Elon Musk is accusing Twitter of fraud for hiding the real number of bots on its platform, according to The New York Times. In the latest installment of the Twitter-vs-Musk saga, the Tesla chief’s team claimed in a legal filing that 10 percent of the social network’s daily active users who see ads are inauthentic accounts. If you’ll recall, Twitter has long maintained that bots represent less than five percent of its userbase, and Musk put his planned acquisition of the social network on hold in mid-July to confirm if that’s accurate.
The Tesla and SpaceX chief, who’s also a prolific Twitter user, launched an aggressive takeover of the social network in April after it became the company’s largest shareholder. While Twitter quickly accepted his offer, they butted heads over the number of fake accounts on the platform shortly after that — he also accused the company of not giving him access to enough information to verify the number of bots on the website. Twitter gave him full access to its internal data in response, but in the end, Musk told the Securities and Exchange Commission that he wanted to terminate the acquisition over “false and misleading representations” made by the social network.
Twitter sued its largest shareholder for trying to back out of its $44 billion buyout deal, telling the court that Musk is wrongfully breaking their agreement by doing so. The website accused him of backing out because Tesla’s and Twitter’s shares went down due to the economic downturn and the “deal he signed no longer serves his personal interests.”
In this new filing, Musk’s camp said its analysts found a much higher number of inauthentic accounts than Twitter claimed using Botometer. That’s a machine learning algorithm designed by Indiana University that “checks the activity of Twitter accounts and gives them a score based on how likely they are to be bots.” Musk’s lawyers said the social network concealed its bot problem to get Musk to agree to buy the company “at an inflated price.” They also said:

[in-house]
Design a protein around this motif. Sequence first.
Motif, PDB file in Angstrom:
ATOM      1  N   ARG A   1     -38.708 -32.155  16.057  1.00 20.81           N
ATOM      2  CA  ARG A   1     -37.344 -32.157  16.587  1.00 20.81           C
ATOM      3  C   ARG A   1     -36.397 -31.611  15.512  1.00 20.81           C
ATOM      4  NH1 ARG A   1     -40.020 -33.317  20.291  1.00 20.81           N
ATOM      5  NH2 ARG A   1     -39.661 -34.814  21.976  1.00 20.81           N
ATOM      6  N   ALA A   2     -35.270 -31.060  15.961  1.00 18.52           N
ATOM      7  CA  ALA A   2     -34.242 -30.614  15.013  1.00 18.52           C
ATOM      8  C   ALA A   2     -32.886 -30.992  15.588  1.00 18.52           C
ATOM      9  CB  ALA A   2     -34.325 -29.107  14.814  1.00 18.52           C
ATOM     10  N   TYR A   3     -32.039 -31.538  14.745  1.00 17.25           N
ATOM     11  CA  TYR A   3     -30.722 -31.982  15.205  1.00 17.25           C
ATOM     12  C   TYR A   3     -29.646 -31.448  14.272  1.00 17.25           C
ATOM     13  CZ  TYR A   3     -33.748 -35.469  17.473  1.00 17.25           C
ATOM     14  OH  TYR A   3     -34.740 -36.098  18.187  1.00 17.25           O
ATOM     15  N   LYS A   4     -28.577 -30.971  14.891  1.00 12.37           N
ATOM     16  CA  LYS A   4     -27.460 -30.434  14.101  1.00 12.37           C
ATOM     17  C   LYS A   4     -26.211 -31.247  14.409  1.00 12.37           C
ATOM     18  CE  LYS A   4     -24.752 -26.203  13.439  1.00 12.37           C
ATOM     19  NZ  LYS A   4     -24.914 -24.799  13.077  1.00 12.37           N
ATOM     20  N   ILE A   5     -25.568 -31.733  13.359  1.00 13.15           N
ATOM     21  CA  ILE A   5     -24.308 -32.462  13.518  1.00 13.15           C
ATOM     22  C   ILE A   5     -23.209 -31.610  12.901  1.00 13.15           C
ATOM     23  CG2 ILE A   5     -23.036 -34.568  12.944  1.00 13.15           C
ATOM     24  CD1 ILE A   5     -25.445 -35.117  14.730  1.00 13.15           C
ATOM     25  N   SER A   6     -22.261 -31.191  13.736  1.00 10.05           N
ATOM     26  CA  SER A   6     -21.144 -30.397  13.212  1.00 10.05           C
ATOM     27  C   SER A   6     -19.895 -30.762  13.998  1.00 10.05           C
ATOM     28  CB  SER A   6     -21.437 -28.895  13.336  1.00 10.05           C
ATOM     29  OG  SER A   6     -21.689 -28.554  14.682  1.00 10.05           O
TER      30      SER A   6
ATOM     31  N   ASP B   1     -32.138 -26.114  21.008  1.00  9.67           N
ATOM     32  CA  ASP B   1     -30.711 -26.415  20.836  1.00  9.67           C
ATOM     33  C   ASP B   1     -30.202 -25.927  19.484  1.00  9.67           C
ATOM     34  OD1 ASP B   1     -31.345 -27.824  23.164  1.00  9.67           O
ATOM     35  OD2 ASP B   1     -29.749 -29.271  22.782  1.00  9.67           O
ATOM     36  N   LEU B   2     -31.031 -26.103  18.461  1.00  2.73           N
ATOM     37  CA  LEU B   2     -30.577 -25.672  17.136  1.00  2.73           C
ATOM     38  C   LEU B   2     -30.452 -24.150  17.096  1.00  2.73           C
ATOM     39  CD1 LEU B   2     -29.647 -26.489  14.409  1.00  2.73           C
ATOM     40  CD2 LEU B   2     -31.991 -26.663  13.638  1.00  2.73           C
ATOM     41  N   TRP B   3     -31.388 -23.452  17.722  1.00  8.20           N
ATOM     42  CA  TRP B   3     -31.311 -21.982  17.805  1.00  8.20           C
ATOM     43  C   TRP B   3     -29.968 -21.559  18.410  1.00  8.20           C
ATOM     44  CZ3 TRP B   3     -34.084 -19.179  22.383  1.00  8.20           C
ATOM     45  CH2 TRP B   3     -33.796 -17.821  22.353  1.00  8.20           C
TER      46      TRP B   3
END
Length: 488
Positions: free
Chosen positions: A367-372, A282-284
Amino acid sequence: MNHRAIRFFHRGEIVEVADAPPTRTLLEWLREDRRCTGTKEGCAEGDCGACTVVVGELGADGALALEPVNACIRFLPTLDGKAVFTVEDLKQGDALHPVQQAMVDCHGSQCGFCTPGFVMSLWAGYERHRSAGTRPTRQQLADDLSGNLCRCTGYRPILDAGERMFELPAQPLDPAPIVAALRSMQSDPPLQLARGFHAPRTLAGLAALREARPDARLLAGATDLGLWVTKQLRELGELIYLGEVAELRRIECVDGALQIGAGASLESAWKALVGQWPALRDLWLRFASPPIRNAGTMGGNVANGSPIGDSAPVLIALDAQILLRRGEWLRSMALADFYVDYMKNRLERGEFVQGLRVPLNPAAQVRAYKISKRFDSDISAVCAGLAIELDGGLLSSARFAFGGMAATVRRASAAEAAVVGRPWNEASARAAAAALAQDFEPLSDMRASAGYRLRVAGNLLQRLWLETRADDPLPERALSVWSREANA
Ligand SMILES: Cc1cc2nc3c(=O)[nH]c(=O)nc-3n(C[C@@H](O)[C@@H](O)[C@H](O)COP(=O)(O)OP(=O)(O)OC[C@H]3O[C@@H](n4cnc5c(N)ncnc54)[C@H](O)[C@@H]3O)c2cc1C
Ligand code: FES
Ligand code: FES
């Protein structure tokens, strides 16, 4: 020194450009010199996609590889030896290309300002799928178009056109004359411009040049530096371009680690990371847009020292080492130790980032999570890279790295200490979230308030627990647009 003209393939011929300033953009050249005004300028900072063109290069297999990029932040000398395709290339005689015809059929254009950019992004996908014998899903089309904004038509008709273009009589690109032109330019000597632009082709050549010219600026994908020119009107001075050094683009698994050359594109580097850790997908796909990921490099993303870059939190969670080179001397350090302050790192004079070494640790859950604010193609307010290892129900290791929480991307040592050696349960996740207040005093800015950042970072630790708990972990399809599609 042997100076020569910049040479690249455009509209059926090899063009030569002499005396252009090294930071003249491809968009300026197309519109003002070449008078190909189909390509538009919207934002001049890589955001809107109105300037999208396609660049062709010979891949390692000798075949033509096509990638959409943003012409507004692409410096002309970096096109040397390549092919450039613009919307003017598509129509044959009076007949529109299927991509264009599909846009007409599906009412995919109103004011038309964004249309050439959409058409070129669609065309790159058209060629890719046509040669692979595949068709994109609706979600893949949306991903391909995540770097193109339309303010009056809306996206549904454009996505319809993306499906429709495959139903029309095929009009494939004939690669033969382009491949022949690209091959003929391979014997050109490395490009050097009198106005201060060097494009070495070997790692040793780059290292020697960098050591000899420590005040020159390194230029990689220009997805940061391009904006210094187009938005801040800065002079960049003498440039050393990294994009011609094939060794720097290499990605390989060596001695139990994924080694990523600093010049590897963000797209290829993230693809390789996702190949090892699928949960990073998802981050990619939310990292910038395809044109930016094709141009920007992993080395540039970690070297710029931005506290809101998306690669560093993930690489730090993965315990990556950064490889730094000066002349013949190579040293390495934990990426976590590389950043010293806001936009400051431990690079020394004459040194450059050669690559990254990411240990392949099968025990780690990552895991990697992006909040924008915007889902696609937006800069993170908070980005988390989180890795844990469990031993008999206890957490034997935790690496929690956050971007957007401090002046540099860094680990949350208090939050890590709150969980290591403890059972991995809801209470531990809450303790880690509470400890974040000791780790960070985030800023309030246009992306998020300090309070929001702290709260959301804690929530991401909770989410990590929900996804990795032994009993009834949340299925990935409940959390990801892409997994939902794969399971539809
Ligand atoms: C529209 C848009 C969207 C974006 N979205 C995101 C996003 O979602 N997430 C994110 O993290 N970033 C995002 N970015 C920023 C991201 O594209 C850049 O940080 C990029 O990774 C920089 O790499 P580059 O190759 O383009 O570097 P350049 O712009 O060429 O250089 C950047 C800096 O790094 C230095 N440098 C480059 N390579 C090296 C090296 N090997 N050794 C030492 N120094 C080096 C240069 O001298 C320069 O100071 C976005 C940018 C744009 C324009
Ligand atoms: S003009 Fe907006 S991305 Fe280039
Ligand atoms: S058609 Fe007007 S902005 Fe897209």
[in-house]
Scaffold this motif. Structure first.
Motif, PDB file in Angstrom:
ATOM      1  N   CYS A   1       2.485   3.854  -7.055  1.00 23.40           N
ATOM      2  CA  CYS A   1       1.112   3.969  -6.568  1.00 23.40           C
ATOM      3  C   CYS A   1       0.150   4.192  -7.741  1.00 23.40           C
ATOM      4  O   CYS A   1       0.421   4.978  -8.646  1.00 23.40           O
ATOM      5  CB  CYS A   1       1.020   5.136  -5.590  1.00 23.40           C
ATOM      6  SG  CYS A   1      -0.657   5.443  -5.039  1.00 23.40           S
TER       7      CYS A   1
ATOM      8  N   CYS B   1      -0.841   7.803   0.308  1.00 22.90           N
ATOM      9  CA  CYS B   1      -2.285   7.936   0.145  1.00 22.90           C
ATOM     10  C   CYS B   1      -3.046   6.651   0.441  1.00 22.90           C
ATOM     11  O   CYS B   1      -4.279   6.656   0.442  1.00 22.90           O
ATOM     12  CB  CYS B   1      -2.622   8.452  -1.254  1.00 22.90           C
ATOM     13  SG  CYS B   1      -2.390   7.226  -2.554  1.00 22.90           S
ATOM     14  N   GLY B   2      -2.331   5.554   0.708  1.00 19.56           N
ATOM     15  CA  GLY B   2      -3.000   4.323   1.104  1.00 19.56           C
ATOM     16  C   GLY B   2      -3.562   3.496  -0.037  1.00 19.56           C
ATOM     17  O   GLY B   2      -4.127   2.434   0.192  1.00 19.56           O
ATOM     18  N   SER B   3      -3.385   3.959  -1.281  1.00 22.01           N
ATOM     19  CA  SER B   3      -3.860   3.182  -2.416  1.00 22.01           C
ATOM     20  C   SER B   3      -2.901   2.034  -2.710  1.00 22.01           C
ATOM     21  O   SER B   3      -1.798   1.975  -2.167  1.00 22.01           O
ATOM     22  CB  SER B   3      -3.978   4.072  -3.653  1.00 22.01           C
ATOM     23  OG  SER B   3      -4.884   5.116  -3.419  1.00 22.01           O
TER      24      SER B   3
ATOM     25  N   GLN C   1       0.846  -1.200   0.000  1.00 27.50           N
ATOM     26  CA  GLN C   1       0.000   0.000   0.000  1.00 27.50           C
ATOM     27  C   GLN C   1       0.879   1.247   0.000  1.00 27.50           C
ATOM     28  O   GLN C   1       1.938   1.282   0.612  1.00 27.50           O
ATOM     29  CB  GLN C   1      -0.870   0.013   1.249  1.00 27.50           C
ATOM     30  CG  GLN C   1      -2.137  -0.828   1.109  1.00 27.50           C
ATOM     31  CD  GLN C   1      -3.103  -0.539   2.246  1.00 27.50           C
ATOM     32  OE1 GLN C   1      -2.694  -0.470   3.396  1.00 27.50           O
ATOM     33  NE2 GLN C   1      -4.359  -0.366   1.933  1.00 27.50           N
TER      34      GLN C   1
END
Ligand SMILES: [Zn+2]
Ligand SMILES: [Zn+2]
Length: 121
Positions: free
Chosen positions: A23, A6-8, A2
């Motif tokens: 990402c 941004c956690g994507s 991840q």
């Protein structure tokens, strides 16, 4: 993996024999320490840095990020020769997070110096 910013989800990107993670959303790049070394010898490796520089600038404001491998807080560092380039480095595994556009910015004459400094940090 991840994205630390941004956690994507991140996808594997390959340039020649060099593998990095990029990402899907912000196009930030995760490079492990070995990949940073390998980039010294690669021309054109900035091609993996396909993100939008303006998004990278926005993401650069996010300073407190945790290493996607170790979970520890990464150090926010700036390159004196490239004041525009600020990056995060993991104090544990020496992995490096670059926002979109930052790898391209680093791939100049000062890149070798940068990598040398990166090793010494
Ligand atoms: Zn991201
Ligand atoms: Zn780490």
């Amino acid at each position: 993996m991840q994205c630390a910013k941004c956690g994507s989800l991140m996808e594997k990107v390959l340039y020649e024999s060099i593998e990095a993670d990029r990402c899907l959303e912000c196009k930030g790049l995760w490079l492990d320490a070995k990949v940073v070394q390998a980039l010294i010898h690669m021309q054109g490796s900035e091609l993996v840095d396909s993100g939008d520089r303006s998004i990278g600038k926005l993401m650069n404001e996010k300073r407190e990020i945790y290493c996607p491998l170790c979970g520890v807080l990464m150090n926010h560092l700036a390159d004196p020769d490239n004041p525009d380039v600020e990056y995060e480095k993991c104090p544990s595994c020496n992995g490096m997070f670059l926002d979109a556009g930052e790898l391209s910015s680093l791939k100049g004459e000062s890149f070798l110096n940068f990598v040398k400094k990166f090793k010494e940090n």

“Twitter was miscounting the number of false and spam accounts on its platform, as part of its scheme to mislead investors about the company’s prospects. Twitter’s disclosures have slowly unraveled, with Twitter frantically closing the gates on information in a desperate bid to prevent the Musk parties from uncovering its fraud.”
Twitter fired back with its own legal filing, calling his claims “factually inaccurate, legally insufficient and commercially irrelevant.” The company said the Botometer is unreliable and had once given Musk’s own Twitter account a score indicating that it’s “highly likely to be a bot.” Twitter’s lawsuit against Musk is heading to court in October.
All products recommended by Engadget are selected by our editorial team, independent of our parent company. Some of our stories include affiliate links. If you buy something through one of these links, we may earn an affiliate commission.